Wrapping up part two of their series on exercise, Insight on SBS delved in to the world of chronic conditions such as cancer, cardiovascular disease, diabetes, and mental illness, and the significant role that exercise plays within their treatment and management.
Exercise & Sports Science Australia (ESSA), the peak professional and accrediting body for exercise physiologists, reiterates the message that exercise certainly is medicine, and that Accredited Exercise Physiologists (AEPs) are well placed to manage the acute and chronic risks of exercise for people with chronic conditions.
“Accredited Exercise Physiologists are university-qualified allied health professionals who are equipped with the knowledge and skills to design, deliver and evaluate safe and effective exercise interventions for people with chronic medical conditions,” says Anita Hobson Powell, ESSA Chief Executive Officer.
Half of the population of Australia, that’s over 11 million people, has a chronic condition and these conditions are responsible for most deaths. Although research tells us that insufficient physical activity increases the risk of a range of diseases, still more than half of Australian adults are not sufficiently active.
“The Insight series was a great conversation starter for Australians on the importance of exercise for our health, but by following it up and speaking to your GP and being referred to your local Accredited Exercise Physiologist, you’re really giving yourself the best chance of managing, or reducing the risk of, chronic conditions.”
The episode saw members of the public discuss their diagnoses ranging from type 2 diabetes, osteoarthritis, stroke, mental illness, dementia, and cancer. However, they all praised the positive benefits exercise has had on their condition or injury, on their moods, and on their overall quality of life.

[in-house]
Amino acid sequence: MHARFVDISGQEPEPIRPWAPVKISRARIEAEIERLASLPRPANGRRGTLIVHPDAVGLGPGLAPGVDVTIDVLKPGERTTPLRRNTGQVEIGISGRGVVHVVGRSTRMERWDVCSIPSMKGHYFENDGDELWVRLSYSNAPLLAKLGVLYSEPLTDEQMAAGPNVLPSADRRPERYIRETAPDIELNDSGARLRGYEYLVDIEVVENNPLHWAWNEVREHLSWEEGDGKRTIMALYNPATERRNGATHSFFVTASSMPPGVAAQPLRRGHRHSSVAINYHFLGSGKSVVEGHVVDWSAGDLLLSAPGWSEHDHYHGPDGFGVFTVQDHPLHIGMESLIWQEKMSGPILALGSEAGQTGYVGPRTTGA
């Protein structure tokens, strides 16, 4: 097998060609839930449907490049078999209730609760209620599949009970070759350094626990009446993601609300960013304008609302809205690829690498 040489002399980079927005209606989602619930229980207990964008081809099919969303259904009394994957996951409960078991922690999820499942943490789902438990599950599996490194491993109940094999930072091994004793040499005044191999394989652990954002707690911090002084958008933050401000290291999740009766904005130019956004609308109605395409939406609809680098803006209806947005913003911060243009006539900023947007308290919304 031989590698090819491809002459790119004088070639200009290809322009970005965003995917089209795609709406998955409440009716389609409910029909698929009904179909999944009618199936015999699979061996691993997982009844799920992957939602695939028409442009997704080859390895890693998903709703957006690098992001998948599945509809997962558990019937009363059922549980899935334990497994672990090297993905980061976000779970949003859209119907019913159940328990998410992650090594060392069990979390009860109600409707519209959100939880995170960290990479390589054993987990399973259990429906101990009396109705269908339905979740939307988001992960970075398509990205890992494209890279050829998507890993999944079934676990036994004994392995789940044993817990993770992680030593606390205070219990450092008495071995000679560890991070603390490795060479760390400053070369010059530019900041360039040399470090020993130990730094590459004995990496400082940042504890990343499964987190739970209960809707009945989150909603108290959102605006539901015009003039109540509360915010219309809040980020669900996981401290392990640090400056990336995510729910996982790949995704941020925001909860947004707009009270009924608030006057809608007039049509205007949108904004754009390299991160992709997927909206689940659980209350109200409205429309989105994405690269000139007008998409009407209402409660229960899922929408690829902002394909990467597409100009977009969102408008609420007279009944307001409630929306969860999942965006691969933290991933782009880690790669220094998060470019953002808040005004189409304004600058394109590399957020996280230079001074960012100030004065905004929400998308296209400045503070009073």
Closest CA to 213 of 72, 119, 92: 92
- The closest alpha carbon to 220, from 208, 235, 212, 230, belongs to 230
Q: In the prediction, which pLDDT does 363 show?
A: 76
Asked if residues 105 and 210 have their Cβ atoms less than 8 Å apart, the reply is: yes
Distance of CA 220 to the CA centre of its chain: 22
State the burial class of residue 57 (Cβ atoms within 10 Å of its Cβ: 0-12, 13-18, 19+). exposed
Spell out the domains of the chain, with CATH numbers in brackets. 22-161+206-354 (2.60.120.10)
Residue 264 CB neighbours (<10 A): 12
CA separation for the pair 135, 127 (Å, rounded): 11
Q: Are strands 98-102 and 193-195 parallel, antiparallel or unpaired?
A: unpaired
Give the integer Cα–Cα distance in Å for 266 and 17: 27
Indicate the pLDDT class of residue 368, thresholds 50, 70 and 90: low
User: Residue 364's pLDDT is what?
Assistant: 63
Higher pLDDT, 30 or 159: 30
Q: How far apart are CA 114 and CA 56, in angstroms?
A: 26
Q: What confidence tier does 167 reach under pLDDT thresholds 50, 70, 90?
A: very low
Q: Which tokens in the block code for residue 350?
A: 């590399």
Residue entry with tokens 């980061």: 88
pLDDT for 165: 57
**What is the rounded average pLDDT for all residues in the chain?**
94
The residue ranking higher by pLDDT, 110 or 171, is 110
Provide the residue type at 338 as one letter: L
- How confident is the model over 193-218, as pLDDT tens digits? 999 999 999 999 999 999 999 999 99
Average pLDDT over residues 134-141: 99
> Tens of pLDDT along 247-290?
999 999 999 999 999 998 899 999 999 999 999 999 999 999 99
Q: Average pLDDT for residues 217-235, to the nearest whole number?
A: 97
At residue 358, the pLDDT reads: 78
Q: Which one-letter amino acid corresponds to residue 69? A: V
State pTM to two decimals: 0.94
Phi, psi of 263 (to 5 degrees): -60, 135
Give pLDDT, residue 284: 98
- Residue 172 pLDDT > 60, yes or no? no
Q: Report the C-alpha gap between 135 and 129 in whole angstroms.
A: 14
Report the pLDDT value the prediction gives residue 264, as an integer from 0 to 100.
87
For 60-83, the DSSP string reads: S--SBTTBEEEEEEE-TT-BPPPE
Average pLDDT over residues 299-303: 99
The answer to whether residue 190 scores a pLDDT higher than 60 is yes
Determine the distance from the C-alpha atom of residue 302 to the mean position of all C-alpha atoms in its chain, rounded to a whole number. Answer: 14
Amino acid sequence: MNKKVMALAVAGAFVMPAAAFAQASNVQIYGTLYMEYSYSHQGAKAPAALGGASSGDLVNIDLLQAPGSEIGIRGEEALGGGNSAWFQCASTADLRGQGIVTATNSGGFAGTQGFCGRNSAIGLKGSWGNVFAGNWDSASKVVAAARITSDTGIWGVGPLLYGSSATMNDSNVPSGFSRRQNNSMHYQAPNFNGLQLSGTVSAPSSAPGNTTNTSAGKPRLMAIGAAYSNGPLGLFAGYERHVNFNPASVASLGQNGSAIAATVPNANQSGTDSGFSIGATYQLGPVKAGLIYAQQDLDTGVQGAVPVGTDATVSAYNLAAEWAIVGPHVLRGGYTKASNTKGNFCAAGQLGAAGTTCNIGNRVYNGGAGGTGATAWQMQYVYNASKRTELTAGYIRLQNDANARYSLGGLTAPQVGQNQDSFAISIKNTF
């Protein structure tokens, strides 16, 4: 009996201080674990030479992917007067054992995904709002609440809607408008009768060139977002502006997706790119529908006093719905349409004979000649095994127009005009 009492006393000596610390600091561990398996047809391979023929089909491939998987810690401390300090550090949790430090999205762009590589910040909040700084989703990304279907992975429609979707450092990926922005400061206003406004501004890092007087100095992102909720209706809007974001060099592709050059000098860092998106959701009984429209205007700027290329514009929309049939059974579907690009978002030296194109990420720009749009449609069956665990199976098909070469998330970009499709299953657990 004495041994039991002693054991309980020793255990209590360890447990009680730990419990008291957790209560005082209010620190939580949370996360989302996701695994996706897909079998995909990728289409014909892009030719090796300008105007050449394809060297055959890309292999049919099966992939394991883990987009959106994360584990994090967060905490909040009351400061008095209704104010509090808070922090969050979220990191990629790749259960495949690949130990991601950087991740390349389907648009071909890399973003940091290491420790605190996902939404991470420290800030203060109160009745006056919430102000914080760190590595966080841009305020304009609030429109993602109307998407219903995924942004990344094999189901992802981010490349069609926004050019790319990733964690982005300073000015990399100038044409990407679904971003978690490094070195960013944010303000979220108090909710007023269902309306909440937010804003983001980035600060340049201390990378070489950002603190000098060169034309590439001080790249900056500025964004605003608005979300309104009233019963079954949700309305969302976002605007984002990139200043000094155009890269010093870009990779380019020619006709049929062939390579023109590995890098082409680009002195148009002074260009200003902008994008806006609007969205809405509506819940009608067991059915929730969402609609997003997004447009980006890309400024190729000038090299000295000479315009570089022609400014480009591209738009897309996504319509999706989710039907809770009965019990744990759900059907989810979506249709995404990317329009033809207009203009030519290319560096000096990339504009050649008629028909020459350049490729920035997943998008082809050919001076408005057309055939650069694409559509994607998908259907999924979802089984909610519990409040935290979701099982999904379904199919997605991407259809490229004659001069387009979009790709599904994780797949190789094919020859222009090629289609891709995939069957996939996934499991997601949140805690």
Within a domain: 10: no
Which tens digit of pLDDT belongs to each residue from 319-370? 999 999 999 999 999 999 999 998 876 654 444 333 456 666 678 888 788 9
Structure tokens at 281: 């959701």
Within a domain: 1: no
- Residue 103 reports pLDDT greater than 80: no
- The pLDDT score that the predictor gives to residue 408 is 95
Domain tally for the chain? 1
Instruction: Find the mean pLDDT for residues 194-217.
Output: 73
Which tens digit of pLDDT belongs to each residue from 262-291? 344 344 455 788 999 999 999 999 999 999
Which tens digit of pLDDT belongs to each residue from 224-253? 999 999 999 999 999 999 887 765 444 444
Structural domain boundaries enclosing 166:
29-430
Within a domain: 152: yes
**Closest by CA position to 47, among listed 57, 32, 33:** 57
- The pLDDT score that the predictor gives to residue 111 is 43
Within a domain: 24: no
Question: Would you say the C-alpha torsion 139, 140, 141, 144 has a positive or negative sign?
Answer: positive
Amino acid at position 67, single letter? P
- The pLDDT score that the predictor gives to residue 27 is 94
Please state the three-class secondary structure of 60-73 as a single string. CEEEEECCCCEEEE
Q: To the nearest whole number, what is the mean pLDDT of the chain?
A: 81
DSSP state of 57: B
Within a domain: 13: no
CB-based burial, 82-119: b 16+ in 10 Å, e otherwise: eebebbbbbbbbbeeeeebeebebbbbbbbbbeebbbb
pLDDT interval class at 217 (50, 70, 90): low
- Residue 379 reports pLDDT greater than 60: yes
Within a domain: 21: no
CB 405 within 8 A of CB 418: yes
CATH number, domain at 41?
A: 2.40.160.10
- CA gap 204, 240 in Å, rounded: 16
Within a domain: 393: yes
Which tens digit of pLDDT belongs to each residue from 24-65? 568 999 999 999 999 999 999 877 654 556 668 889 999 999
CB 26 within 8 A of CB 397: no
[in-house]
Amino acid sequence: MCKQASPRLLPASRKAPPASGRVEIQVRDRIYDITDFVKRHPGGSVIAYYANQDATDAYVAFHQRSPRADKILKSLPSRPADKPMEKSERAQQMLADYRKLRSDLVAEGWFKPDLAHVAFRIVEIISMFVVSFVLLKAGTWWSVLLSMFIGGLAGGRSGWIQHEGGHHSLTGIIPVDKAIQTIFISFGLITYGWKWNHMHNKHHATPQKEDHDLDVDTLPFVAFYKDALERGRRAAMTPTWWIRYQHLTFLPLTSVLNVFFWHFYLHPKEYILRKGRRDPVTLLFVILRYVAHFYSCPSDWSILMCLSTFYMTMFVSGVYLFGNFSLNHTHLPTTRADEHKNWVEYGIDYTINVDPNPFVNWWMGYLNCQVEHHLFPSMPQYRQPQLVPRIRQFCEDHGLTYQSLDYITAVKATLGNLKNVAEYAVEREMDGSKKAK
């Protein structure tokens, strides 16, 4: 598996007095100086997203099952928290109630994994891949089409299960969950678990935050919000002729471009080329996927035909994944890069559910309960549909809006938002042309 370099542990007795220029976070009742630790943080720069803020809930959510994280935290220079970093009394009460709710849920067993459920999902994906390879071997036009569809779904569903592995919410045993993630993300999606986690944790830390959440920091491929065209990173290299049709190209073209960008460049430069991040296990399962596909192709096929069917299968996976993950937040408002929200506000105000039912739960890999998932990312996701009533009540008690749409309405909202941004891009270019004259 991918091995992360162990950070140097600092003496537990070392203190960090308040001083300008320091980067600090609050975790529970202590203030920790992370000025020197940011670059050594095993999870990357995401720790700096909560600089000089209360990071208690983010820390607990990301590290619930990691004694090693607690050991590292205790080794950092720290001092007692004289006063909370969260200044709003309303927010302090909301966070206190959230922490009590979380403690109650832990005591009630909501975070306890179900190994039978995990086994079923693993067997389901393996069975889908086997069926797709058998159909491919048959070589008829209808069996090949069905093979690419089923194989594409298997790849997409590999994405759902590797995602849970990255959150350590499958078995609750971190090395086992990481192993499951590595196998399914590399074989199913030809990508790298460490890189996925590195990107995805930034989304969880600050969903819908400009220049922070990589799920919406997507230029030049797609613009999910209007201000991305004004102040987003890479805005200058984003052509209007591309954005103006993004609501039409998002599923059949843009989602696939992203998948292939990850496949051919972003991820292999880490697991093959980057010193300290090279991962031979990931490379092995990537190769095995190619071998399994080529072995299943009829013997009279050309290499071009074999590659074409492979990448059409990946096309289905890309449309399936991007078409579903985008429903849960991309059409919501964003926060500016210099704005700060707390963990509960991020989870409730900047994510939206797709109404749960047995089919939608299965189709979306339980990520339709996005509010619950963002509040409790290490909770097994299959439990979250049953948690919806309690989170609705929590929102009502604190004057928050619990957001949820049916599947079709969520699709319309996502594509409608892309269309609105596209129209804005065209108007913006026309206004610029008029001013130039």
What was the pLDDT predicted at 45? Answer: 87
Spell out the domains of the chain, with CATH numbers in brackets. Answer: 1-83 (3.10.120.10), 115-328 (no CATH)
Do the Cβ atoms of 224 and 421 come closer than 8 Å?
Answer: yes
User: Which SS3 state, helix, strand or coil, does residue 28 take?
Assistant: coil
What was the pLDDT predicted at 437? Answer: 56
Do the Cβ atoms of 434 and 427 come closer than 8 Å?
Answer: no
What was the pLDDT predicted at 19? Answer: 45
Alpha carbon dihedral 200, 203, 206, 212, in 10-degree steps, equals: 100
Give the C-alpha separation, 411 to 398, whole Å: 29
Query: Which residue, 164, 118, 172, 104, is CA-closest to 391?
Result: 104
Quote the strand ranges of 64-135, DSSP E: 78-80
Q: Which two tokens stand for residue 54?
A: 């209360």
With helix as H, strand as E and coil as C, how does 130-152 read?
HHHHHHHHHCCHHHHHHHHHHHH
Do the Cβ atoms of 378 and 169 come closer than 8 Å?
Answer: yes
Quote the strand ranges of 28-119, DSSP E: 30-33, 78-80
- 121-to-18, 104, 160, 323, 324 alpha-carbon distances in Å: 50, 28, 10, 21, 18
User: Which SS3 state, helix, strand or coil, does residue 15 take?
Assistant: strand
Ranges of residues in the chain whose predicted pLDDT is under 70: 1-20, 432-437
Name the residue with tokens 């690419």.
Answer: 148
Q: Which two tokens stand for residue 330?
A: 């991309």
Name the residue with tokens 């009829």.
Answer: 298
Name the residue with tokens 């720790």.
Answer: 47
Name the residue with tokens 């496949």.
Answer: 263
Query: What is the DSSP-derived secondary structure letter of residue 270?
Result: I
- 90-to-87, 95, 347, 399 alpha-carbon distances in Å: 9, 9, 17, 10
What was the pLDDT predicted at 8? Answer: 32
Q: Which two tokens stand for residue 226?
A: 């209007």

One member of the audience, Trevor, who lives with Lewy body dementia, undertook a strength training program with Accredited Exercise Physiologist, Michael Inskip, and claims not only does he feel ‘much better since doing the exercises’, his ‘cognitive function has improved’.
“People might think that it’s only cancer or diabetes that an exercise physiologist can work with, but really, they work with a range of chronic conditions including cardiovascular, metabolic, neurological, musculoskeletal, cancers, kidney, respiratory and mental health, and any other conditions for which there is evidence that exercise can improve the client’s clinical status,” adds Ms Hobson-Powell.
Providing services that are funded by Medicare Australia, the Department of Veterans’ Affairs (DVA), WorkCover, and private health insurers, referrals from a GP to an Accredited Exercise Physiologist can also be rebateable (bulk-billed) under certain treatment plans. This includes 5 sessions a year under the Medicare Chronic Disease Management (CDM) item.
“It’s vital that health professionals include exercise as a part of routine treatment plans, and GPs can play an important role here by recommending exercise for the treatment of chronic conditions and by referring the patient on to their local Accredited Exercise Physiologist.”
To contact your local Accredited Exercise Physiologist, visit the ESSA website here.
You can watch the two-part Insight series on SBS On Demand here.